Verdict: This satire on toxic masculinity earns its black belt.
Riley Stearns made his debut as a feature film director with the off-beat 2014 film Faults. The Art of Self-Defense is his second film, which premiered at SXSW and has since then gained praise from critics worldwide. In the film, Stearns takes a look at toxic masculinity through the story of a man learning karate.
What’s The Art of Self-Defense About:
Casey Davies (Jesse Eisenberg) is a mild-mannered office worker who doesn’t have much of a connection with anyone beyond his pet dachshund. One night, he’s attacked by a gang of motorcycle bikers and left for dead in the street. After this incident, he becomes terrified of the outside world and even tries to purchase a gun for self-defense. But when he comes across a karate class, his life changes. The mysterious and charismatic instructor Sensei (Alessandro Nivola) takes a liking to Casey and decides to turn him into a fierce warrior not just through karate, but through every aspect of his life. Soon enough, Casey learns that being a part of the dojo is about more than progressing his karate skills and moving up the belt ranks.
Written and directed by Riley Stearns, the film has a simple plot but an interesting execution. While it’s grounded in reality, there’s a surreal feel to it, particularly as the characters never quite behave like real people. This creative decision feels appropriate for the film as it prioritizes the subject over the characters. The performances are brilliant, with the actors bringing these caricatural characters to life. Jesse Eisenberg takes on the awkward character he’s known for and convincingly stretches it to its extremes. The role is perfect for him and he seamlessly blends into the character. Alessandro Nivola gives an excellent portrayal of hypermasculinity through Sensei, delivering outlandish dialogues such as “kick with your fists and punch with your feet” with confidence. Imogen Poots, who plays the only female student and instructor at the dojo, gives an equally fascinating performance.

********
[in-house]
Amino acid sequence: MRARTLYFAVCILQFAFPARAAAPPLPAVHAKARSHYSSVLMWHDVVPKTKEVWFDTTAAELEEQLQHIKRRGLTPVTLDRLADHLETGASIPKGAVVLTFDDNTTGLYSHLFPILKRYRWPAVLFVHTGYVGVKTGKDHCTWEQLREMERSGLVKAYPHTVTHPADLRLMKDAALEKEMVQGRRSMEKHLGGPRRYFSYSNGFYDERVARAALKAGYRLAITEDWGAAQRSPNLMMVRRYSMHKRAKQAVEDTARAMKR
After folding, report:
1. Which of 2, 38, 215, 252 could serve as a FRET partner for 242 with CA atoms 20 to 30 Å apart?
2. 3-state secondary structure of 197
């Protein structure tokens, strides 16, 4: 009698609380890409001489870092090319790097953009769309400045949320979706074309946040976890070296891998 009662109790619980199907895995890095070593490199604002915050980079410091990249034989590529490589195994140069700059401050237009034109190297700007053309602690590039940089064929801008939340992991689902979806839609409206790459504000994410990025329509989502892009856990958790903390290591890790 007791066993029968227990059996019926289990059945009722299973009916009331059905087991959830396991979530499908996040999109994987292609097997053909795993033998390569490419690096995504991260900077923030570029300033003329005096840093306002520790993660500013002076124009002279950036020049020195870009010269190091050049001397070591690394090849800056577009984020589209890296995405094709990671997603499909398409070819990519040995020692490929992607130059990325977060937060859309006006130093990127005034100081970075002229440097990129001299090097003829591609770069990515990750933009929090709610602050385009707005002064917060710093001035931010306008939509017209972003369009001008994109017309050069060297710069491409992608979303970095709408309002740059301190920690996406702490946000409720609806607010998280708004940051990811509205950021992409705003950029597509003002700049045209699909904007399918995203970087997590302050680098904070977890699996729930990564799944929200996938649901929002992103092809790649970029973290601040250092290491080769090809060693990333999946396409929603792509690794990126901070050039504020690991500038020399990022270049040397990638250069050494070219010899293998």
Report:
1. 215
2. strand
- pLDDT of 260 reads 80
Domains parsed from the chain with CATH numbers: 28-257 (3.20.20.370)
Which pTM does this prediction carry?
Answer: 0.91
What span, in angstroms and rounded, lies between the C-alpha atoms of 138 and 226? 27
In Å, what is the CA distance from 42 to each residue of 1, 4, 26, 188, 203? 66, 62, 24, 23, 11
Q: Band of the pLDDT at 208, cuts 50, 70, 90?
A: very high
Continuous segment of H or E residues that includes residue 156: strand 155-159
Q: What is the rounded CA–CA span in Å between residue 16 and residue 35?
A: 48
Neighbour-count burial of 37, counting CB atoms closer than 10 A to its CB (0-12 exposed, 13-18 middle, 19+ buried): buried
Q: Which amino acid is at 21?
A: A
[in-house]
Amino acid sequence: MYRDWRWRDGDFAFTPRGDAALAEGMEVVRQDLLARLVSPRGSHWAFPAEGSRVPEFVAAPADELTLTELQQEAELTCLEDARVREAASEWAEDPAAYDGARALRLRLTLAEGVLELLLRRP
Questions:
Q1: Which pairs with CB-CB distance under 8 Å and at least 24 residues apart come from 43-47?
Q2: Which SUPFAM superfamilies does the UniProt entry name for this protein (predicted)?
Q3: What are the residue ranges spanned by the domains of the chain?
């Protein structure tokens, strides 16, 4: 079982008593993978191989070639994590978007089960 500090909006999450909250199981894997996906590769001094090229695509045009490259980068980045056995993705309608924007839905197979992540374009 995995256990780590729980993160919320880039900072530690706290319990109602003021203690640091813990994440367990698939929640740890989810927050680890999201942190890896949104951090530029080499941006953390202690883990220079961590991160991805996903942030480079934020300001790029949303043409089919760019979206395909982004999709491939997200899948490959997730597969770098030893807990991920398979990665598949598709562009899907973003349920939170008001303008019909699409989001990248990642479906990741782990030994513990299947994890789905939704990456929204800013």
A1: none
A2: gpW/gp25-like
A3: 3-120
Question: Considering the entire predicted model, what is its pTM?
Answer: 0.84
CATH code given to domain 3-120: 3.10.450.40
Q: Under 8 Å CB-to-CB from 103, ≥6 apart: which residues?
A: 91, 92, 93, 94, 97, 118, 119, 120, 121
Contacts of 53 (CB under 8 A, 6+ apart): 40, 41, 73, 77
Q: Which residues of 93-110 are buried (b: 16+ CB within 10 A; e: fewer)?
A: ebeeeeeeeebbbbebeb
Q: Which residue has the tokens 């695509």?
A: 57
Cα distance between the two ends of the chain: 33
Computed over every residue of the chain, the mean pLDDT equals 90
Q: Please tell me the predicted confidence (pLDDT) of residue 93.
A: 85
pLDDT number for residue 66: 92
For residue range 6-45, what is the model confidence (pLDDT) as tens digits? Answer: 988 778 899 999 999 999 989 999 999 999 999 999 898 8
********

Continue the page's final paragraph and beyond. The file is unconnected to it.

The Art of Self-Defense is hilarious but its humor goes to dark places. While it’s not as violent as some action films, when things do happen, they seem more brutal because of the unflinching casualness with which they are presented. This makes the film’s statement on toxic masculinity even stronger as shocking events unfold.
What Could’ve Been Better:
The Art of Self-Defense isn’t a film for everyone and some parts of it may be too disturbing for some viewers. Certain bits of the story might be predictable but there are plenty of surprising elements you won’t see coming.
Why You Should Watch:
The Art of Self-Defense is what you get when you combine the testosterone-fueled philosophy of Fight Club with the oddity of Yorgos Lanthimos. It’s unique, funny, and quite memorable. It also leaves you with much to ponder after you are done being entertained.